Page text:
Blog


When you’re ready to get a home loan, it can help to have as much information about the mortgage process as possible. That way you can take the right steps towards getting your loan, and hopefully avoid some of the more common pitfalls along the way. To help you reach your goal of homeownership, here’s a list of do's and don’ts as you start with the process of getting a home loan and buying a home.

DO:

Keep All Records in Good Order.

  1. Availability - Keep your financial records close at hand in case updates are requested.

  2. Income – Be aware that underwriters typically verify your income and tax documents through your employer(s), CPA, and/or IRS tax transcripts. Hold onto new paystubs as received.

  3. Assets – Continue saving incoming account statements. Keep all numbered pages of each statement. Ex. 8 of 8.

  4. Gifts – If you're receiving any gift money from relatives, they'll need to sign a gift letter (we’ll provide) and an account statement evidencing the source, which must be "seasoned" funds.

  5. Current Residence – If you're renting, continue paying your rent on time and save proof of payment. If you're selling your current residence, be prepared to show your HUD-1 Settlement Statement. If you'll be renting your home, you may need to show sufficient equity, a lease and receipt of the first month’s rent and security deposit.

Keep your credit shining. Continue making payments on time. Your credit report may be pulled again, and any negative change to your score could cause you to lose your approval and your home.

Understand that things have changed. Underwriters require more documentation than in the past. Even if requests seem silly, intrusive or unnecessary, please remember that if they didn't need it, they wouldn't ask.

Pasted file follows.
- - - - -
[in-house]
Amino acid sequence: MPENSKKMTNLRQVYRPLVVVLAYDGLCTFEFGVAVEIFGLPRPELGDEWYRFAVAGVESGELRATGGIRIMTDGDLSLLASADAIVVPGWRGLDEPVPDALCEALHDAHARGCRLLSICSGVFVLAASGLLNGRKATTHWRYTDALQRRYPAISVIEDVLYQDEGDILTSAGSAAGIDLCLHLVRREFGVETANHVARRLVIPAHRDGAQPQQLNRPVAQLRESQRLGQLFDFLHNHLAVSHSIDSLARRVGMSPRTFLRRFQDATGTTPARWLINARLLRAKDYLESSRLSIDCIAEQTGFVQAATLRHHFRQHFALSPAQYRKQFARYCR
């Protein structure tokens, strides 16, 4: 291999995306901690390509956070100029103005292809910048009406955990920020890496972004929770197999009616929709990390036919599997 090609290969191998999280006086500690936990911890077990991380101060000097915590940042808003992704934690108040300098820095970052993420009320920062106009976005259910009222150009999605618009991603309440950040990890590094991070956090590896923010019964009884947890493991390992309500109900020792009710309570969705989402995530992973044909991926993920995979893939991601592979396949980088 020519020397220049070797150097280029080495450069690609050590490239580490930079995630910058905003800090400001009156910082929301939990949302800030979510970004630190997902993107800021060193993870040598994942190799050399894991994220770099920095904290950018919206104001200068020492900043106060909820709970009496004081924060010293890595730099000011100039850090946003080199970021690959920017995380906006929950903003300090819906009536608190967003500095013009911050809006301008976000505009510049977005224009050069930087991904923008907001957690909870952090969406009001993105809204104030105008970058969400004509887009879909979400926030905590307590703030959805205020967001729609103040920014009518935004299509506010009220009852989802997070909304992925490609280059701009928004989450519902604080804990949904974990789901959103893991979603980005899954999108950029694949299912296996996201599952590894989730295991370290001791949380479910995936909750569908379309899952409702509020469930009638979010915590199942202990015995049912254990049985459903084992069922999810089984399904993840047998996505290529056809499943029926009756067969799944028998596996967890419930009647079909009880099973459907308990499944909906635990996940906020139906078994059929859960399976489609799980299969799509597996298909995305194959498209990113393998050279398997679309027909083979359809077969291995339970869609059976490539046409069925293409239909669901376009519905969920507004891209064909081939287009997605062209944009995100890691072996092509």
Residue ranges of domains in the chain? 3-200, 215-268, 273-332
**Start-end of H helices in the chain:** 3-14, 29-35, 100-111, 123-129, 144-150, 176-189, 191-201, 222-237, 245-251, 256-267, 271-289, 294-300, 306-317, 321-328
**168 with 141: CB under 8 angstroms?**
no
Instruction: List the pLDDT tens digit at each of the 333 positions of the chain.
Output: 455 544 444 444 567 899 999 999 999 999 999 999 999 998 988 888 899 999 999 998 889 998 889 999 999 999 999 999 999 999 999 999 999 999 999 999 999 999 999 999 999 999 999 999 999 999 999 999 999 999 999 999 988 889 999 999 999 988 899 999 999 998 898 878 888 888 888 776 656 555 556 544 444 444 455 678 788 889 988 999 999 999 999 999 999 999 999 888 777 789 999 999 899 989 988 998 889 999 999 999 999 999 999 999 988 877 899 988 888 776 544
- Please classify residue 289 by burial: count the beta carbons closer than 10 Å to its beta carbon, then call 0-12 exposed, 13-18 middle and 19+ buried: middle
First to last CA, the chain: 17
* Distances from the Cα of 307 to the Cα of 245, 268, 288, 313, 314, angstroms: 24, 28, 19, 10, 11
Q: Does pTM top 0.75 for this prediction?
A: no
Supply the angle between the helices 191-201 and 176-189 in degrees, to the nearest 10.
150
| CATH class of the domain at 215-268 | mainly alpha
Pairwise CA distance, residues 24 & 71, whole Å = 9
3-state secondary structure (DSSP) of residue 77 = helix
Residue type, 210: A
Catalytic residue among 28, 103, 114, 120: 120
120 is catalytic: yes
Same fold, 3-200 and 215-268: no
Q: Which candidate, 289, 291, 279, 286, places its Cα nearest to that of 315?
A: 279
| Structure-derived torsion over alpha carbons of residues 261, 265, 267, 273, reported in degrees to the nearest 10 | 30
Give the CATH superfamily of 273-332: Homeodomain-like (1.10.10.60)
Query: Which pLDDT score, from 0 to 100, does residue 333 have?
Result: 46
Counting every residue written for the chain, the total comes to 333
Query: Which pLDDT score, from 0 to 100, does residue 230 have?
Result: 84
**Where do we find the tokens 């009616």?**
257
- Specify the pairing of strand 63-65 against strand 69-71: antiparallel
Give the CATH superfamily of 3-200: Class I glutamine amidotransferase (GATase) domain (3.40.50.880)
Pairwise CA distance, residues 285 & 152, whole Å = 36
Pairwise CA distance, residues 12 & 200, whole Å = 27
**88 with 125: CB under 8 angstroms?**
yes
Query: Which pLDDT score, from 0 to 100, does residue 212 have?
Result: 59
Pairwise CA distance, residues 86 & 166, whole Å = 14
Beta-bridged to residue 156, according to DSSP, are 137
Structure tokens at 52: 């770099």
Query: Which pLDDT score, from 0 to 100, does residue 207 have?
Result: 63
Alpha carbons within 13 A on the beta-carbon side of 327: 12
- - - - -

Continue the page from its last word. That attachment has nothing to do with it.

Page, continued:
DON’T:

Apply for new credit. Changes in credit can cause delays, change the terms of your financing or even prevent closing. If you must open a new account (or even borrow against retirement funds), please consult with me first.

Change jobs during the process. Probationary periods, career or even status changes (such as from a salaried to a commissioned position, leave of absence or new bonus structure) can be subject to very strict rules.

Make undocumented deposits. Primarily large but sometimes even small deposits must be sourced unless they are identified. Make copies of checks and deposit slips. Keep your deposits separate and small. Avoid depositing cash.

Wait to liquidate funds from stock or retirement accounts. If you need to sell investments, do it now and document the transaction. Don't take the risk that the market could move against you leaving you short of funds to close.

Ever be afraid to ask questions. If you're uncertain about what you need or what you should do, Greenway Mortgage is here to help you through the process, even long before you intend to buy.

 


For the Week Ending February 1, 2019

 

Please enjoy this quick update on what happened this week in the housing and financial markets.

 

 

Consumer confidence was down this month, likely affected by the government shutdown. Still, consumer spirits remain robust by historic standards.
The Fed left policy rates unchanged at this week's FOMC meeting. They also signaled that future rate hikes this year are less likely than previously forecast.
Trade talks with China continue this week, though there is still little indication they are willing to bend to U.S. demands. The deadline for striking a deal is March 1.

 

Case-Shiller says home prices are rising at a slower pace. Even still, values increased 5.2% annually in November, only down from 5.3% in October. 
Pending home sales were down slightly in December. Although tight supply continues to play a role, a drop in mortgage rates is expected to help.
New home sales were up 16.9% in November, vs 2.9% expected. The median sales price of new houses sold in November 2018 was $302,400.

Rate movements and volatility are based on published, aggregate national averages and measured from the previous to the most recent midweek daily reporting period. These rate trends can differ from our own and are subject to change at any time.

 


Purchasing a house is a very exciting time. Being able to be prepared will help you make an informed decision. So, take this opportunity to learn more about homebuying and the mortgage process.
 
Ask yourself this question, “Am I Ready to Buy?” Buying a home offers many advantages, one of the most significant being that it allows you to build equity (ownership) when you pay your mortgage each and every month. A common myth is that monthly mortgage payments are more expensive than rent payments. However, in most cases, mortgage payments can be MUCH less than rent.